CBP Atlanta Intercepts Destructive Khapra Beetle
ATLANTA— U.S. Customs and Border Protection (CBP) agriculture specialists working at Atlanta’s Hartsfield-Jackson International Airport (ATL) recently intercepted the insect described as the world’s most destructive insect pest of grain products and seeds.
CBP Agriculture Detector Dog ‘Regal’ alerted to the passenger’s luggage after the passenger arrived from Sudan. The CBP K9 handler then referred the passenger to a secondary agriculture examination.
During that examination, a CBP agriculture specialist discovered dried pigeon peas in the passenger’s luggage that contained a live larva and cast skins. CBP submitted the insect to the U.S. Department of Agriculture (USDA) entomologist for identification which proved to be Khapra Beetle (Trogoderma granarium Everts).
“Our best defense against destructive pests is to prevent their entry into the United States. The cost to American taxpayers to eradicate a pest or disease once it becomes established in the U.S. can reach millions of dollars,” said Stephen Kremer, Area Port Director for Customs and Border Protection in Atlanta.
The peas were destroyed.
The Khapra Beetle is considered one of the world’s most destructive insect pests of grains, cereals and stored foods and remains the only insect in which CBP takes regulatory action against even while in a dead state.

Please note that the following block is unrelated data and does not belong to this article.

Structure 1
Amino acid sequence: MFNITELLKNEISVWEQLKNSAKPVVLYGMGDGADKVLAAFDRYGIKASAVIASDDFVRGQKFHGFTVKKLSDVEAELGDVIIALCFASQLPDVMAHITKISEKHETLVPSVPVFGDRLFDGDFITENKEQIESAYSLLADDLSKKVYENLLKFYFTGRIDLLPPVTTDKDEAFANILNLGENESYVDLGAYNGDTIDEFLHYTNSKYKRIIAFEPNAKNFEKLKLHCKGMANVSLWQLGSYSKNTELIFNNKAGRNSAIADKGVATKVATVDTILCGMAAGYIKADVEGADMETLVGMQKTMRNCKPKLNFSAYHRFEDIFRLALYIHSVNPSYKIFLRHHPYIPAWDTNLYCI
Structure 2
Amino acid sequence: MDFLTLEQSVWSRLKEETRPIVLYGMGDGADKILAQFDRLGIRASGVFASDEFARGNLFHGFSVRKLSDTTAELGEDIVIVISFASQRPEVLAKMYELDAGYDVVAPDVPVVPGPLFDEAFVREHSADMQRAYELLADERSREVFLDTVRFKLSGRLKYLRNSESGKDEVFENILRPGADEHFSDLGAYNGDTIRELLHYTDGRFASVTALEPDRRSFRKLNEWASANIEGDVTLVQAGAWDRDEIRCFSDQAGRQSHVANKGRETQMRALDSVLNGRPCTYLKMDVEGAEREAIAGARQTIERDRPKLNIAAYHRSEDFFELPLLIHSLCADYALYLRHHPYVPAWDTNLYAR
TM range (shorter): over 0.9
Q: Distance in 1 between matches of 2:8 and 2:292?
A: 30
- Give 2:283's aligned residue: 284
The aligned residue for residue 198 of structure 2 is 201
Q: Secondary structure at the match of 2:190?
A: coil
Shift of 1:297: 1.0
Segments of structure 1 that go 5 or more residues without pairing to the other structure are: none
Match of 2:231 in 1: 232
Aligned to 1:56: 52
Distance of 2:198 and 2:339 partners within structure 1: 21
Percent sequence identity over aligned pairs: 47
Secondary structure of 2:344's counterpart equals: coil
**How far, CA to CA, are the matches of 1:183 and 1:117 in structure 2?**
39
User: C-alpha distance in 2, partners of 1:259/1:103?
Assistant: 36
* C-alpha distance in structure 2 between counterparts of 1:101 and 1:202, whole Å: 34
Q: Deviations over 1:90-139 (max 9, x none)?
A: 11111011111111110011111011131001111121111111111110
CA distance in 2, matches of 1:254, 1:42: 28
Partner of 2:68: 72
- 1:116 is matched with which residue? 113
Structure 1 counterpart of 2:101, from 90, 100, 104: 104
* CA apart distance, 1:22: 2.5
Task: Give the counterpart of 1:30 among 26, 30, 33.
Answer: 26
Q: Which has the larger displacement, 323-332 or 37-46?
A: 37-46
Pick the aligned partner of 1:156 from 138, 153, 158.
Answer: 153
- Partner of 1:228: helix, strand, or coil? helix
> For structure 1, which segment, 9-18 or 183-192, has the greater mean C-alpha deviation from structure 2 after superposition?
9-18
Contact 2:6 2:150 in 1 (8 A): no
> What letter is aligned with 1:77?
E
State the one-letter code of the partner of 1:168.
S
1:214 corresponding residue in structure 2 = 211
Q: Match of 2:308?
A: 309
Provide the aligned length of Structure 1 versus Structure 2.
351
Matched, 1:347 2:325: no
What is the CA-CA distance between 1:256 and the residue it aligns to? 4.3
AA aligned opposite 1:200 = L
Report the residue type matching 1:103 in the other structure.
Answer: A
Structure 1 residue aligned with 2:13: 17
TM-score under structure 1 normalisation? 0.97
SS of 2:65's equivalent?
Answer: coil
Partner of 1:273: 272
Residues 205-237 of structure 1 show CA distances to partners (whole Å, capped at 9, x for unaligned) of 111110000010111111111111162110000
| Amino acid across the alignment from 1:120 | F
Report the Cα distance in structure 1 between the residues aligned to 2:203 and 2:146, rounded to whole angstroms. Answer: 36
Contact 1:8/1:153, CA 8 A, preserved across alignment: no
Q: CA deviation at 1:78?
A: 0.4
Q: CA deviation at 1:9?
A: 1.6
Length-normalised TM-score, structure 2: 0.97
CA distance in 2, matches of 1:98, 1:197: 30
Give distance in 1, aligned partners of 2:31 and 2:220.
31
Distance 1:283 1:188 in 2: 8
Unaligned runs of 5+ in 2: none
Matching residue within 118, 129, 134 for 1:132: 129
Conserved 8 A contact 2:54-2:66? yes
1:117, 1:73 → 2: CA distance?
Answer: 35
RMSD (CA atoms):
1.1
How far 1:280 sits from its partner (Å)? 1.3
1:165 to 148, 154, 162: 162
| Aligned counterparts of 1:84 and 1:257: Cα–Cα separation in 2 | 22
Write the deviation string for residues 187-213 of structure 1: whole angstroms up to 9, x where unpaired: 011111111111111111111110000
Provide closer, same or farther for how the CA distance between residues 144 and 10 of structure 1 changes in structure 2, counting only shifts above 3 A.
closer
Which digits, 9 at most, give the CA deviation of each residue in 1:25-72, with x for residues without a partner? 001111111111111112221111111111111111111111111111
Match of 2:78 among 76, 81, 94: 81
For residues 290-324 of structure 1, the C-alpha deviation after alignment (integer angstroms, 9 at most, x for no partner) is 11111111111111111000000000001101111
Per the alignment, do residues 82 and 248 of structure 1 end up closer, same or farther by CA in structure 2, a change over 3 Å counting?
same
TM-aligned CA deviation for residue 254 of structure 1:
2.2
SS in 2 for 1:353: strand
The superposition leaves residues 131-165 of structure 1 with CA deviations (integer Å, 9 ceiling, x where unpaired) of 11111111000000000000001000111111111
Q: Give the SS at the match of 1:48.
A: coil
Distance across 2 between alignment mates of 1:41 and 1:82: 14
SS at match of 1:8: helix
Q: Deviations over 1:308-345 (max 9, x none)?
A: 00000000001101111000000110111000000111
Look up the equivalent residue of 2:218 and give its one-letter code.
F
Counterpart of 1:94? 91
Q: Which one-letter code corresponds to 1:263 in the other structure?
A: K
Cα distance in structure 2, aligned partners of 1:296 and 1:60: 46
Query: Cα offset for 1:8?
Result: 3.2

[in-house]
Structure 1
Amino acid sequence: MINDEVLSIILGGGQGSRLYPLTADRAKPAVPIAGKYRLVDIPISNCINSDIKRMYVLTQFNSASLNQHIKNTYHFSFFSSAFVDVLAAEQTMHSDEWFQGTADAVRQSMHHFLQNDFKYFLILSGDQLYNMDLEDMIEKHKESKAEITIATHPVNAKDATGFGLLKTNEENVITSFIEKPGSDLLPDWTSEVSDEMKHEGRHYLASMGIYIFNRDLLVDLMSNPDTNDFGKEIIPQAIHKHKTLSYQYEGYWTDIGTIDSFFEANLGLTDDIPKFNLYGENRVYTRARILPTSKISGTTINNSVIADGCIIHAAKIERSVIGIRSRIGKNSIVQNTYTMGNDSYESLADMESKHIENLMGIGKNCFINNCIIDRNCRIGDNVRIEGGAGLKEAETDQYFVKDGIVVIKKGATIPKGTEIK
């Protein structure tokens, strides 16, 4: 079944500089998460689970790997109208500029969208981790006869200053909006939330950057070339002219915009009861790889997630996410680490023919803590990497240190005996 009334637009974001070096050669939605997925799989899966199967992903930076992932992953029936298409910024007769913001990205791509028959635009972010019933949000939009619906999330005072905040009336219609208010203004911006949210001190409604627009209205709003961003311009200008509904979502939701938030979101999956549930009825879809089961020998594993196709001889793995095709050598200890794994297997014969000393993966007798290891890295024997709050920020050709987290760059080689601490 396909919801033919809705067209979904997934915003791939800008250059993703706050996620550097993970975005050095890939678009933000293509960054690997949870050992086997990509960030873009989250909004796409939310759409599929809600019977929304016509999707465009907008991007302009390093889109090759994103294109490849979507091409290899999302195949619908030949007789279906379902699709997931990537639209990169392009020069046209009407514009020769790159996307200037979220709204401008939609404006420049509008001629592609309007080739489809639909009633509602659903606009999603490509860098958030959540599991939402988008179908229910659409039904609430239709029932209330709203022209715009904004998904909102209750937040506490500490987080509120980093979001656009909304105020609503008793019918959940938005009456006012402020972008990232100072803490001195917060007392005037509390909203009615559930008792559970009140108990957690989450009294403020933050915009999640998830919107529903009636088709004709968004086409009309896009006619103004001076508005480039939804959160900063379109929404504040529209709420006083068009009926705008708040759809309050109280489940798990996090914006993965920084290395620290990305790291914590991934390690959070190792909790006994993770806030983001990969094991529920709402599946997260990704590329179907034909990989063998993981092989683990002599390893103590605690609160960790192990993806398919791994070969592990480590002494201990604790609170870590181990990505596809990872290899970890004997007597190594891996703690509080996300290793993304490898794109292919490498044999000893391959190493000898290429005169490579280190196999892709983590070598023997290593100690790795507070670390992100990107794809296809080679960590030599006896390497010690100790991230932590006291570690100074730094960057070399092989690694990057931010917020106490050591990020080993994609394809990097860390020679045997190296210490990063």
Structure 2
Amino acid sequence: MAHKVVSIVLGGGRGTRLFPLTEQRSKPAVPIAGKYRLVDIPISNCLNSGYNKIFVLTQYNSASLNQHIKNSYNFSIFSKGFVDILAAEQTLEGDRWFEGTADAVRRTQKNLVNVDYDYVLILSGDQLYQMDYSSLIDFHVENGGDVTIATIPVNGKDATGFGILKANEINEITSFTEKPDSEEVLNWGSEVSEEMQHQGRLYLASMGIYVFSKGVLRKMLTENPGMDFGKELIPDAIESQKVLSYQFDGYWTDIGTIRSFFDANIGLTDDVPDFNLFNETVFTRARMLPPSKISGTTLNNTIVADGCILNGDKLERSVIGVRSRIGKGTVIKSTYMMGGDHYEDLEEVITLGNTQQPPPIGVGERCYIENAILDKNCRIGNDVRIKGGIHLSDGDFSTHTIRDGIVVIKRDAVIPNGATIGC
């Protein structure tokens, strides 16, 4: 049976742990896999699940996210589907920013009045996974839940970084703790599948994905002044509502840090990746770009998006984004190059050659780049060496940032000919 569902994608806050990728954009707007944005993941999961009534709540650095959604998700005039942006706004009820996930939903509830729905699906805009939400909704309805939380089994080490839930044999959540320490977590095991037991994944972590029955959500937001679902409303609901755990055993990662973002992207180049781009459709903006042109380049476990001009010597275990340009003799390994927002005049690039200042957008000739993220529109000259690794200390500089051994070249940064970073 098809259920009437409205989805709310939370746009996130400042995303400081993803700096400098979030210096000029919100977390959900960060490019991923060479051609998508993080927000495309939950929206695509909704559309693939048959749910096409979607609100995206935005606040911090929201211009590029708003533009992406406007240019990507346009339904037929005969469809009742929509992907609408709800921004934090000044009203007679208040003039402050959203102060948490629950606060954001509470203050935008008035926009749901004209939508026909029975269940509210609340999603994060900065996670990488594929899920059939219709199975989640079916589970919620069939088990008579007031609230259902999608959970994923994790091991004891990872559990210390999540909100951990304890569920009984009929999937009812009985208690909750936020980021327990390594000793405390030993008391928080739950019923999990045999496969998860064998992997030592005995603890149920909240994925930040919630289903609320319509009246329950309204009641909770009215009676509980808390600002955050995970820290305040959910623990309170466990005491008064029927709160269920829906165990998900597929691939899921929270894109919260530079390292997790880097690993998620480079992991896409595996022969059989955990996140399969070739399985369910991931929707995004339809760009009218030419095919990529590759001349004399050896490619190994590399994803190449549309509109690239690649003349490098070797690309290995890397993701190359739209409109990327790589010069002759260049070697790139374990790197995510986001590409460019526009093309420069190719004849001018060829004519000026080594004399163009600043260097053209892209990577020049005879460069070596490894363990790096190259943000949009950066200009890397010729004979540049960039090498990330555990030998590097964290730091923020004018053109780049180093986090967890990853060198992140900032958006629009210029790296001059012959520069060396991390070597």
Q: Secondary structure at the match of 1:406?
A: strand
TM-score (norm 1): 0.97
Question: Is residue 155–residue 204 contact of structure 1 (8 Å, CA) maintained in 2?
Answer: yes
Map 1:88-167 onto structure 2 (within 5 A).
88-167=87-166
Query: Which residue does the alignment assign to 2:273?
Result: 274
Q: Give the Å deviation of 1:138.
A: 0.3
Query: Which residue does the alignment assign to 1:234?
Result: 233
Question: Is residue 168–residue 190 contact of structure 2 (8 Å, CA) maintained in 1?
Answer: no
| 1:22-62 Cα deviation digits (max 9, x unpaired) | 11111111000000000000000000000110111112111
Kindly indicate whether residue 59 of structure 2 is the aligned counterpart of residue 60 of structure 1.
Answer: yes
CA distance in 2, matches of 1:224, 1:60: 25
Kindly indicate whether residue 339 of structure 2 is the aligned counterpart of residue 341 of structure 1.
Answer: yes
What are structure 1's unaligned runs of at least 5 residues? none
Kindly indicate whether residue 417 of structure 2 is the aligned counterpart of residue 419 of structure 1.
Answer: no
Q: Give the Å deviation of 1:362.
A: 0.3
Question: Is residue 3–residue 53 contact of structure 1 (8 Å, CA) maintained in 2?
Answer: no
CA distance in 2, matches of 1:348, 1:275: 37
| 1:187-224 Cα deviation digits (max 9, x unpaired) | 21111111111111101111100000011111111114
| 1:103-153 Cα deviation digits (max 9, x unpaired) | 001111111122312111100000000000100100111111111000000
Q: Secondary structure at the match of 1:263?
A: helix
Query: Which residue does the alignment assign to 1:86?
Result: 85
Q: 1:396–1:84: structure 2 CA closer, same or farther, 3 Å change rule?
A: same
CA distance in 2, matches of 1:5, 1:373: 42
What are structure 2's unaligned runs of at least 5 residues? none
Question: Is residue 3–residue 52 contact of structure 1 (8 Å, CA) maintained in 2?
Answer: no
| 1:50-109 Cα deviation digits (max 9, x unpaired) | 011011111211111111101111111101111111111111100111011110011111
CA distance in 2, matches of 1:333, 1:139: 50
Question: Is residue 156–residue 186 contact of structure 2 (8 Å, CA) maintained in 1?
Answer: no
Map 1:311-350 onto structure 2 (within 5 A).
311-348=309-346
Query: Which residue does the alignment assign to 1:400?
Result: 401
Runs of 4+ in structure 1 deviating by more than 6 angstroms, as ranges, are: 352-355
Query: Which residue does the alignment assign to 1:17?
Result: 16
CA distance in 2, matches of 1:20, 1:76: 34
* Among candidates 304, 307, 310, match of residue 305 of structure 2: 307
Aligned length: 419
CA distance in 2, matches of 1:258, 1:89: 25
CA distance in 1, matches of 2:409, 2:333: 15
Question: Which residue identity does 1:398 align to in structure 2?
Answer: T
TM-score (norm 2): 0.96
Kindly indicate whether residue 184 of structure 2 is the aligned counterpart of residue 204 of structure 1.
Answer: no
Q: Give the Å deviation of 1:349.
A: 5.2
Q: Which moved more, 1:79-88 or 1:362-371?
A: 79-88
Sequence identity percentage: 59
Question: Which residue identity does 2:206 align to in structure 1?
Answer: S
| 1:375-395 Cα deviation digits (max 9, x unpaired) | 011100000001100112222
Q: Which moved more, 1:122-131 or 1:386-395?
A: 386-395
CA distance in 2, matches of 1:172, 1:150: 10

The Khapra Beetle is labeled a ‘dirty feeder’ because it damages more grain than it consumes, and because it contaminates grain with body parts and hairs. These contaminants may cause gastrointestinal irritation in adults and especially sickens infants. Khapra Beetles can also tolerate insecticides and fumigants, and can survive for long periods without food.
According to the USDA Animal and Plant Health Inspection Service, previous infestations of Khapra Beetle have resulted in massive, long-term control and eradication efforts at great cost to the American taxpayer.
California implemented extensive eradication measures following a Khapra Beetle infestation discovered there in 1953. The effort was deemed successful, but at a cost of approximately $11 million. Calculated in today’s dollars, that would be about $90 million.
CBP agriculture specialists have extensive training and experience in the biological sciences and agricultural inspection. On a typical day nationally, they inspect almost 1 million people as well as air and sea cargo imported to the United States and intercept 4,379 prohibited meat, plant materials or animal products, including 440 insect pests.
To learn more about CBP agriculture protection mission, please visit Protecting Agriculture on the CBP website.
For more information on U.S. Customs and Border Protection, please visit www.cbp.gov.
U.S. Customs and Border Protection is the unified border agency within the Department of Homeland Security charged with the management, control and protection of our nation's borders at and between the official ports of entry. CBP is charged with keeping terrorists and terrorist weapons out of the country while enforcing hundreds of U.S. laws.